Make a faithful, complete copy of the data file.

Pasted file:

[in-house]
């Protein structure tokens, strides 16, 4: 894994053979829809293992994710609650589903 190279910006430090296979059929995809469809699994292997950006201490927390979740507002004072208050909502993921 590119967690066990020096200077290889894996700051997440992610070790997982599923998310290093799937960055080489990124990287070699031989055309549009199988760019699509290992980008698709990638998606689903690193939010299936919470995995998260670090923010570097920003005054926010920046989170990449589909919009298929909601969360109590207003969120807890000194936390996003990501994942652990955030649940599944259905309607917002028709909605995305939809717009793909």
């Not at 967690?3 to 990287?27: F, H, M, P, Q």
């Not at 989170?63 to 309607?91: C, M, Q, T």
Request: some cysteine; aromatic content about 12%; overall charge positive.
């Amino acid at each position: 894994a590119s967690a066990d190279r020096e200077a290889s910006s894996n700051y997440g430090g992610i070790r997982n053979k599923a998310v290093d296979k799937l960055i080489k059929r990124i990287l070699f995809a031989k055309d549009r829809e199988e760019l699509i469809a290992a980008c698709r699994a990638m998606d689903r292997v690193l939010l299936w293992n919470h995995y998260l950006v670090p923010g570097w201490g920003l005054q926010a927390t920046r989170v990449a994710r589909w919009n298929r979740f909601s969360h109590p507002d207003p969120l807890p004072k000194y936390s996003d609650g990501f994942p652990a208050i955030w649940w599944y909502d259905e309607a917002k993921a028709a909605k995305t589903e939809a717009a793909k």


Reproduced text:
[in-house]
């Protein structure tokens, strides 16, 4: 894994053979829809293992994710609650589903 190279910006430090296979059929995809469809699994292997950006201490927390979740507002004072208050909502993921 590119967690066990020096200077290889894996700051997440992610070790997982599923998310290093799937960055080489990124990287070699031989055309549009199988760019699509290992980008698709990638998606689903690193939010299936919470995995998260670090923010570097920003005054926010920046989170990449589909919009298929909601969360109590207003969120807890000194936390996003990501994942652990955030649940599944259905309607917002028709909605995305939809717009793909």
């Not at 967690?3 to 990287?27: F, H, M, P, Q």
């Not at 989170?63 to 309607?91: C, M, Q, T």
Request: some cysteine; aromatic content about 12%; overall charge positive.
């Amino acid at each position: 894994a590119s967690a066990d190279r020096e200077a290889s910006s894996n700051y997440g430090g992610i070790r997982n053979k599923a998310v290093d296979k799937l960055i080489k059929r990124i990287l070699f995809a031989k055309d549009r829809e199988e760019l699509i469809a290992a980008c698709r699994a990638m998606d689903r292997v690193l939010l299936w293992n919470h995995y998260l950006v670090p923010g570097w201490g920003l005054q926010a927390t920046r989170v990449a994710r589909w919009n298929r979740f909601s969360h109590p507002d207003p969120l807890p004072k000194y936390s996003d609650g990501f994942p652990a208050i955030w649940w599944y909502d259905e309607a917002k993921a028709a909605k995305t589903e939809a717009a793909k």